Dry Aged Beef: The Magic of the Old Ways

Dry aged beef

Credit: InterContinental Hong Kong

Considering all the conveniences that this generation of foodies is enjoying, you may wonder how our predecessors survived the years without them. “Necessity is the mother of invention,” so they say.  References will tell you the ingenious ways our ancestors have dealt with the situation. Food Processing History shares …

“History of food processing is the history of transformation process of raw ingredients into food or food into other forms. Food processing dates back to the prehistoric age when crude processing including various types of cooking, such as roasting, smoking, steaming, fermenting, sun drying and preserving with salt were in practice. Food processing is probably one of the oldest avocations man has been involved with from time immemorial.”

Dry-aging is just using this antiquated method of preserving or curing meat. This traditional meat processing method was the mode until plastics and refrigeration came into the picture. Vacuum packaging improved the method of preserving the quality of meat, but it deprives the eaters that distinguishing dry aged complexity of flavor and rich quality – more robust and tender and with buttery succulence.

The Magic of Aging on Texture

Dry-aging beef changes the texture and flavor of the meat. In simple terms, if the meat is left to dry, factors such as healthy bacteria and enzymes can do its magic on the texture and flavors of the meat.

The structure of the collagen and Grill Meats’ History of Dry Aging explains the changes that happen in the meat.

“Aging also increases tenderness. It has been shown that during the aging process certain changes take place in portions of the structure of collagen and muscle fibers. Currently, it is thought that enzymatic-caused changes in the structure of muscle fibers are largely responsible for the increase in tenderness …”

Rigor mortis or the stiffening of the carcass happens in six to twelve hours. What many foodies don’t know is that stiffening wanes after this. After rigor mortis, the meat starts to get tender and this process continues, even intensifies, for up to 11 days. This means dry aging the beef beyond 11 days serve no purpose.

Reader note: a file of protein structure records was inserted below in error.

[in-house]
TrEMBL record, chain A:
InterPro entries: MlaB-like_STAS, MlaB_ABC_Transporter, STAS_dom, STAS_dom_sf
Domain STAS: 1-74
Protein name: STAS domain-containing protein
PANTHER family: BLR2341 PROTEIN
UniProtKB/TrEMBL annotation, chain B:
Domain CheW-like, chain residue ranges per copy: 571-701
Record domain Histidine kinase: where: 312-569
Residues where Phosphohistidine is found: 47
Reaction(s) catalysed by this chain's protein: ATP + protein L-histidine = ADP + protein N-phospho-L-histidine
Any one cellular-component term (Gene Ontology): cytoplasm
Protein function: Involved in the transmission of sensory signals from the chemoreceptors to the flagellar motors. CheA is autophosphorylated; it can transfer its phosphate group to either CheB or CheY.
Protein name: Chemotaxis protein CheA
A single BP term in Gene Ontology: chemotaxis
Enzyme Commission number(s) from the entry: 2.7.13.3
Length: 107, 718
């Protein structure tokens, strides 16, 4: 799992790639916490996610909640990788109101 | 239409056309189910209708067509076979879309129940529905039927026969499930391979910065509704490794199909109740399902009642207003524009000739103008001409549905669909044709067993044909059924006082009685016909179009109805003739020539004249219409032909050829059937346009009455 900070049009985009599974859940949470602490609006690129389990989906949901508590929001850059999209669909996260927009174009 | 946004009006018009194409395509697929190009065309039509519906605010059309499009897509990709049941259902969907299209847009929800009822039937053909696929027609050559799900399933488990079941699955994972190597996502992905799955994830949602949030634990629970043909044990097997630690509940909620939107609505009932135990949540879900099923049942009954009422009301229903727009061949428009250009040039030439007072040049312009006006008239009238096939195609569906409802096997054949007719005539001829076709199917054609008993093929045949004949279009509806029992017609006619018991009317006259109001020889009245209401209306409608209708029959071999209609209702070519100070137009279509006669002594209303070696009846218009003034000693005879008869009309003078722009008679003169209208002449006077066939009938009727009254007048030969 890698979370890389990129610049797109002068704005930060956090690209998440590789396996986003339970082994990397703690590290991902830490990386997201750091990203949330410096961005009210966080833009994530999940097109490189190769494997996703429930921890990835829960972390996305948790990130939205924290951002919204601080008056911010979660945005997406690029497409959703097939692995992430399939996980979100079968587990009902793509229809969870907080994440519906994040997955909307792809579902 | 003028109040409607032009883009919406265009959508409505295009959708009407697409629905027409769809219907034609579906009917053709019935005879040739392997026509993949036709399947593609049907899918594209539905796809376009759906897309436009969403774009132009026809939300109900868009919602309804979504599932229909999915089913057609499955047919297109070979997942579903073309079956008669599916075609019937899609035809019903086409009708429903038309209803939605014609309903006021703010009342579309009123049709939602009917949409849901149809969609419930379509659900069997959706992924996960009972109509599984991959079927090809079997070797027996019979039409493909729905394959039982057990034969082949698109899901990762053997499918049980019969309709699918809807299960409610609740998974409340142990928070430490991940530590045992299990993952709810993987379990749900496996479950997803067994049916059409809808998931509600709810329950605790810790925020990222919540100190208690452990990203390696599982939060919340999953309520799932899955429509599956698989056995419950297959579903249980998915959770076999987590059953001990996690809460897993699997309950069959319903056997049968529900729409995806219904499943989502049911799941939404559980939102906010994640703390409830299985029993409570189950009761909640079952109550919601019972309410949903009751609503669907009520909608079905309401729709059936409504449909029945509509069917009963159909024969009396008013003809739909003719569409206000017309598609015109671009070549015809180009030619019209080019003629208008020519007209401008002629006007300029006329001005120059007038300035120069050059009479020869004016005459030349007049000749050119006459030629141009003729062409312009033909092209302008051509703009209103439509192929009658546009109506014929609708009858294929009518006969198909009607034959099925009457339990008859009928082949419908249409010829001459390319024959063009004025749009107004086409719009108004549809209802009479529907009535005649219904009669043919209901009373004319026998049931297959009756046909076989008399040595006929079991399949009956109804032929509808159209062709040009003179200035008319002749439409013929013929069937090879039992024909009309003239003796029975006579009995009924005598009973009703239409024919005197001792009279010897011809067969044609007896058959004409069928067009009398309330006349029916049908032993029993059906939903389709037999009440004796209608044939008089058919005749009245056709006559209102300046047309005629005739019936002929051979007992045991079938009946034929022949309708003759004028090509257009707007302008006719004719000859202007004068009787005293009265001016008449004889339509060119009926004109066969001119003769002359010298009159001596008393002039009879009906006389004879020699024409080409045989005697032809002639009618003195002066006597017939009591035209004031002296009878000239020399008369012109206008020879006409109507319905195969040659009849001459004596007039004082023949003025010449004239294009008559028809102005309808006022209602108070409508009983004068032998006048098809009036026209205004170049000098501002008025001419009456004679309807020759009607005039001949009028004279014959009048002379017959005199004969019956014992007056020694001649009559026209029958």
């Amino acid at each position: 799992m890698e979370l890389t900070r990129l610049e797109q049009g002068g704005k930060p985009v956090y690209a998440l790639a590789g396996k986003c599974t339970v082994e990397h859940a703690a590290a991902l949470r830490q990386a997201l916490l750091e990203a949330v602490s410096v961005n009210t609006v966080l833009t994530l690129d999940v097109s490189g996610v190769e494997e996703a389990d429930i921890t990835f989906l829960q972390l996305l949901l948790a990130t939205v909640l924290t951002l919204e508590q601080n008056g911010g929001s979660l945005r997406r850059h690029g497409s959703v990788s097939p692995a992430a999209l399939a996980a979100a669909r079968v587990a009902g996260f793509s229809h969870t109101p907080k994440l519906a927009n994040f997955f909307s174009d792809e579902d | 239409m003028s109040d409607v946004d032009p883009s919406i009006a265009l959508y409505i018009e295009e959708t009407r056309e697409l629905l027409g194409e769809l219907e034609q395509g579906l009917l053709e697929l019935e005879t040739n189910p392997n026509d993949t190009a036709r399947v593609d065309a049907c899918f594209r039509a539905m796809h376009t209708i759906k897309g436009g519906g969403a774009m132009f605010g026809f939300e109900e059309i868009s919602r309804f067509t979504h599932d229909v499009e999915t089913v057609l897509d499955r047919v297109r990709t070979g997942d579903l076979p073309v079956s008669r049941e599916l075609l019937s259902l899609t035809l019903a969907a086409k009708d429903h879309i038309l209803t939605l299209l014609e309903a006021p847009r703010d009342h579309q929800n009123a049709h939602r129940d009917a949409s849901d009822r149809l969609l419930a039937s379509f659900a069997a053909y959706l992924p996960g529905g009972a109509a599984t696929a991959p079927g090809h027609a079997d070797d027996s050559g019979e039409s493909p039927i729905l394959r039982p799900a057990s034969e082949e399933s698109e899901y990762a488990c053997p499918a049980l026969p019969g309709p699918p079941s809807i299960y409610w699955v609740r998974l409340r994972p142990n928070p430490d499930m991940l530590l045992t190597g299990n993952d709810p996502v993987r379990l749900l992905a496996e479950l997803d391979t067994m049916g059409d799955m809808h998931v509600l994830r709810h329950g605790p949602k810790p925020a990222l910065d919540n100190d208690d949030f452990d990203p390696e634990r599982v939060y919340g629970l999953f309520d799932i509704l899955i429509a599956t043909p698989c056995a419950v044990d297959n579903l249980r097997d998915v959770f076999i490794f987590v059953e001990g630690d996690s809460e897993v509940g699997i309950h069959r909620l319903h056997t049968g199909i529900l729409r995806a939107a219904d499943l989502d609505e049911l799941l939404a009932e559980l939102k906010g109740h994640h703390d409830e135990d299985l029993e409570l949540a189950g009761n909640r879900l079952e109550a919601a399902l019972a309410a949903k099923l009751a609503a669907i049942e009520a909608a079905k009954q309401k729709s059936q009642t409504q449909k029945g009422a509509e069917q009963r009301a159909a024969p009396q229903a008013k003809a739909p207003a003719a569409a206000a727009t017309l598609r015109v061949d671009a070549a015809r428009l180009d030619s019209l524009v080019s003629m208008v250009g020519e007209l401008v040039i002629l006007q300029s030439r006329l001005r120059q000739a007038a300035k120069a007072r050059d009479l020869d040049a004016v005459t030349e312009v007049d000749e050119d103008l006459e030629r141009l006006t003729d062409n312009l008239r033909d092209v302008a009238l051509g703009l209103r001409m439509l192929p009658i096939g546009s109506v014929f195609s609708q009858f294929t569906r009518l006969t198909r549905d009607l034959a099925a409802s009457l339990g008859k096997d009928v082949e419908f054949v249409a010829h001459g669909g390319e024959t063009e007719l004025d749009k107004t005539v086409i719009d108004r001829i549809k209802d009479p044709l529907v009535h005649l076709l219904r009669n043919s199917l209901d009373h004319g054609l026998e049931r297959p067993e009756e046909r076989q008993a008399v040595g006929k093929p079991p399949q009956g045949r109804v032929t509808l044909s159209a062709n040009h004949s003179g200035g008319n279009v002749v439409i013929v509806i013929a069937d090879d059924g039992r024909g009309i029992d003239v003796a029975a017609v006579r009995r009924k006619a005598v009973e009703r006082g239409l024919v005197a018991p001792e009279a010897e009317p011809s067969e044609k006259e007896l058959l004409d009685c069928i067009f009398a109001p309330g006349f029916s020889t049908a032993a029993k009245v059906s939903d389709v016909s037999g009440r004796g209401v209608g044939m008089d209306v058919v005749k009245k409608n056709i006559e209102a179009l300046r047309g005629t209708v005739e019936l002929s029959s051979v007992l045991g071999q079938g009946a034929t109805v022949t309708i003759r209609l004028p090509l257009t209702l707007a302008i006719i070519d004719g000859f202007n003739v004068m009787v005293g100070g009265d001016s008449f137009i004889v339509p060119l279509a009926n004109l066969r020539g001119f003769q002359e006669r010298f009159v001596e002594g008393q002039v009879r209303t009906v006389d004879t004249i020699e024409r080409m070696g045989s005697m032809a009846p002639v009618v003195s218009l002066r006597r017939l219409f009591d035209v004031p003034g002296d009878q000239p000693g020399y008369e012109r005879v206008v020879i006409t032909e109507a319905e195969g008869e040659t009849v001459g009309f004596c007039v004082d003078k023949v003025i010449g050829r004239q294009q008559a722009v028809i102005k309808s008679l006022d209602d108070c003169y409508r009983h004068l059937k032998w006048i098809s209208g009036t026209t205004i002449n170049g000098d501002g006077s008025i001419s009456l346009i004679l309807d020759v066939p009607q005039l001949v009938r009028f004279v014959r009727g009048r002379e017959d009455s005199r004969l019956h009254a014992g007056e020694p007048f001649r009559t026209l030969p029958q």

The Delicious Changes

Dry aging also changes the flavor of the meat. Gizmodo’s The Science of Taste Or: Why Dry-Aged Meat Is So Damned Delicious explains how the change happens.

“What happens is that enzymes in the meat’s muscle cells begin to break down the meat’s proteins, fats, and glycogen—a carbohydrate—into amino acids, fatty acids, and sugars. One amino acid generated by dry-aging—the most important and flavorful one, in fact—is glutamate, which is part of MSG. other amino acids have flavors somewhat similar to MSG; others still are sweet.”

In addition, the process causes some moisture to be lost; this causes the flavors to intensify. The tissue also becomes more concentrated, making the meat more “meaty-tasting.”

The Role of the Ideal Conditions

The process has to be well-guarded, or you’ll end up with decomposing meat. Three factors are vital in transforming a piece of carcass into a delicious steak: temperature, air flow and humidity.  Steak University explains in its post Learn the History of Dry Aged Beef and How to Age your Steak the right condition to be maintained to successfully dry age the beef.

“Once a piece of beef has been selected as adequate for dry aging, the beef is hung in a refrigerated room with temperatures maintained between 32 and 39 degrees Fahrenheit or 0 to 4 degrees Celsius and humidity is controlled to ensure freshness. The preferred humidity setting varies from 50 – 85%, according to individual preference, but usually is set closer to 60%. The recommended air flow is 0.5 – 2 m/s or 1.6 – 6.6 ft/s. to ensure optimal weight and trim loss during the aging process…”

It is most important to let the normal chemical processing happen for the texture and flavor to change, resulting in a delicious and tender change. The muscle and connective tissues must break down so the meat becomes tender. The temperature must be regulated, so drying or shrinking of meat will result to the intensified flavor. While “tenderization” can occur in 11 days, the depth of flavor can be completed best in 20 to 40 days.

Returning to the Glorious Days of Dry Aging

In search of better food, more and more chefs and restaurants are going back to age drying method to cure their steaks. This is the essence of Bonappetit”s Dry-Aged Beef Is a New Trend in Restaurants Around the Country by Francis Lam. Lam accounts the experience with Daniel Humm of the Eleven Madison , an ambitious tasting menu-only  joint in New York City. Humm’s craving to satisfy his culinary creativity brought him to “reinventing” his steak. When you managed to book a seat in Eleven Madison, expect a burst of flavors courtesy of dry aged beef.

It is not just Humm who is “crazy” about dry-aged beef.  “Lately, there’s been a funktastic arms race among chefs in search of new flavors through longer aging times: 35, 42, 56 days.” Lam mentioned “… Saison, in San Francisco, regularly takes its beef out to 90; Eleven Madison Park, 140; and, in the sun-addled haze of Las Vegas, Mario Batali’s Carnevino features steaks so old they’re verging on toddlerhood.”

Aside from the intense flavor and tender meat, there is something else you must know. Dry aged beef is expensive. This brings us to our next topic… how would you like to dry age your own steak?

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